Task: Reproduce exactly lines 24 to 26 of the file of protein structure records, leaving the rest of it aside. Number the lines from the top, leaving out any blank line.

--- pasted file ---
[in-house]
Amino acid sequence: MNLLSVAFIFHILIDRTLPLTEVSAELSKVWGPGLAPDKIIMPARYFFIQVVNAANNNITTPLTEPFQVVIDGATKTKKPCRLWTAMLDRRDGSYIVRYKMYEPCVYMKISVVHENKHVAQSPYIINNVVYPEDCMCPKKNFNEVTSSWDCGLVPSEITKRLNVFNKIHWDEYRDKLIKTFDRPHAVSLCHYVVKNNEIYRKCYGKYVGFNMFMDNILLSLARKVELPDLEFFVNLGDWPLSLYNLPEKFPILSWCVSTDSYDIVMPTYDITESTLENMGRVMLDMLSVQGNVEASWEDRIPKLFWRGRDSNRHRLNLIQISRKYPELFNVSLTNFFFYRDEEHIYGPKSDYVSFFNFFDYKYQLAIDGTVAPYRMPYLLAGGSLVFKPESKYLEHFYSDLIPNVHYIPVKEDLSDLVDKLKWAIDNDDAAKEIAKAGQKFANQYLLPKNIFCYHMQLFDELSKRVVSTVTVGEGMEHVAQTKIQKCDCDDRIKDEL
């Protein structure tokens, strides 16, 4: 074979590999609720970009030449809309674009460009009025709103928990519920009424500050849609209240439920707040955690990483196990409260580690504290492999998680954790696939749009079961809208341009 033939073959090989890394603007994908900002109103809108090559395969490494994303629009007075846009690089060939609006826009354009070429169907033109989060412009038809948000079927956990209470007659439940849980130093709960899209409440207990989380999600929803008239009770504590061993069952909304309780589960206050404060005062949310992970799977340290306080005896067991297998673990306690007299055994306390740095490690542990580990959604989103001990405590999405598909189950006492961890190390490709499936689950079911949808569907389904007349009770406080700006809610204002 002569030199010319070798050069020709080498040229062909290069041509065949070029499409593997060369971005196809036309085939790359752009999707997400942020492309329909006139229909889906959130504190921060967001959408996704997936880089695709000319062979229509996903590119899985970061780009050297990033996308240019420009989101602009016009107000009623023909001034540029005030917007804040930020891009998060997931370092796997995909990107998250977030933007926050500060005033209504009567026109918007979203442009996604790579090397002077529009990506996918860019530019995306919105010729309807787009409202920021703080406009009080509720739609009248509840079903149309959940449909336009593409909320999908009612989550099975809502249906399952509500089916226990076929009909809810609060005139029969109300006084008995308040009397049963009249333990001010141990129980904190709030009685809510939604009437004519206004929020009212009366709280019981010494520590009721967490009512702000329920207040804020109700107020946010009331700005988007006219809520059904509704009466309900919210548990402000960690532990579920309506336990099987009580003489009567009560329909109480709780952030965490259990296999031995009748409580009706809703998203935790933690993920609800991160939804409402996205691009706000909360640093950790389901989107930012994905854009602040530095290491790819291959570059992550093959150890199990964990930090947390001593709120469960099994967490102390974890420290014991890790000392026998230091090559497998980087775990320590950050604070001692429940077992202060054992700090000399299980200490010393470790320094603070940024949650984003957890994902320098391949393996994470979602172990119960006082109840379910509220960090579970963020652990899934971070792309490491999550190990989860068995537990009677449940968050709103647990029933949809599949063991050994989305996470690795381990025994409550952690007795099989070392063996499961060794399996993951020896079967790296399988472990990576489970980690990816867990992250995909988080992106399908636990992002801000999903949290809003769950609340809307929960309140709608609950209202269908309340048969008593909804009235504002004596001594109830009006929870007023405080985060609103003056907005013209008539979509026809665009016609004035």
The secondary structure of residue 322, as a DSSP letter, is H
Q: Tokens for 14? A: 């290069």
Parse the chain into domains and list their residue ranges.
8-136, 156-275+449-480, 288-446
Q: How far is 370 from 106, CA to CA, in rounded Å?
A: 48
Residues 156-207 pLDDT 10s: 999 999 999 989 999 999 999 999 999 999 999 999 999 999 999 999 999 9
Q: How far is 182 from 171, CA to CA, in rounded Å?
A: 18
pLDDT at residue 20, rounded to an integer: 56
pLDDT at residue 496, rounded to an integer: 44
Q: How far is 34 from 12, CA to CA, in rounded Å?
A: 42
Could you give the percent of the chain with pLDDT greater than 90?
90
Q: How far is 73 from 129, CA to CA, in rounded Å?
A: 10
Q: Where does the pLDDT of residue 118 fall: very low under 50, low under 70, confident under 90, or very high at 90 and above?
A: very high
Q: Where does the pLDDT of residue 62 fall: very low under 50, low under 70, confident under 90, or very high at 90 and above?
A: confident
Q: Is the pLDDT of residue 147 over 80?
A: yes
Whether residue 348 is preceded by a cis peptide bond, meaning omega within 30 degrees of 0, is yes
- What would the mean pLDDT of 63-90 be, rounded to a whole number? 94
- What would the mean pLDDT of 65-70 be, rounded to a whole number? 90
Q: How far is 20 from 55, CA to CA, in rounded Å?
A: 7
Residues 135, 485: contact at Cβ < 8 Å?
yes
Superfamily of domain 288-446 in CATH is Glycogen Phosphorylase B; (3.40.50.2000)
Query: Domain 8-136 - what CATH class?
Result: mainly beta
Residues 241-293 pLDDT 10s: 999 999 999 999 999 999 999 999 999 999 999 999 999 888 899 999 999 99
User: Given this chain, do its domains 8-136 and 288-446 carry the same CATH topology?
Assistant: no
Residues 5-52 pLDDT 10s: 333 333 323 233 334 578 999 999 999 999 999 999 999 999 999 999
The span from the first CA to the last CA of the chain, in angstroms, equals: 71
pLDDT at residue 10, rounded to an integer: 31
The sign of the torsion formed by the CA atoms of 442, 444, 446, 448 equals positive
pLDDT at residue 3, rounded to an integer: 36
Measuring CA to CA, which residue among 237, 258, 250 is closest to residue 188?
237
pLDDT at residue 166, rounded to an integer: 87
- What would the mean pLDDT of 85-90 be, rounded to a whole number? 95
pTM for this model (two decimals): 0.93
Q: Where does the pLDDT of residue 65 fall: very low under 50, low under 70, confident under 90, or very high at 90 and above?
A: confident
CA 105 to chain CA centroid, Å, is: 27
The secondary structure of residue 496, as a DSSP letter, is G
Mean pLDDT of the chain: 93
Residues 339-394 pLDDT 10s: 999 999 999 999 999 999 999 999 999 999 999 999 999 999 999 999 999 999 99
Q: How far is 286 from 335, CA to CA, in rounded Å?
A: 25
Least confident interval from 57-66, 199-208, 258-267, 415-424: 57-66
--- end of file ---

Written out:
A: confident
Q: Is the pLDDT of residue 147 over 80?
A: yes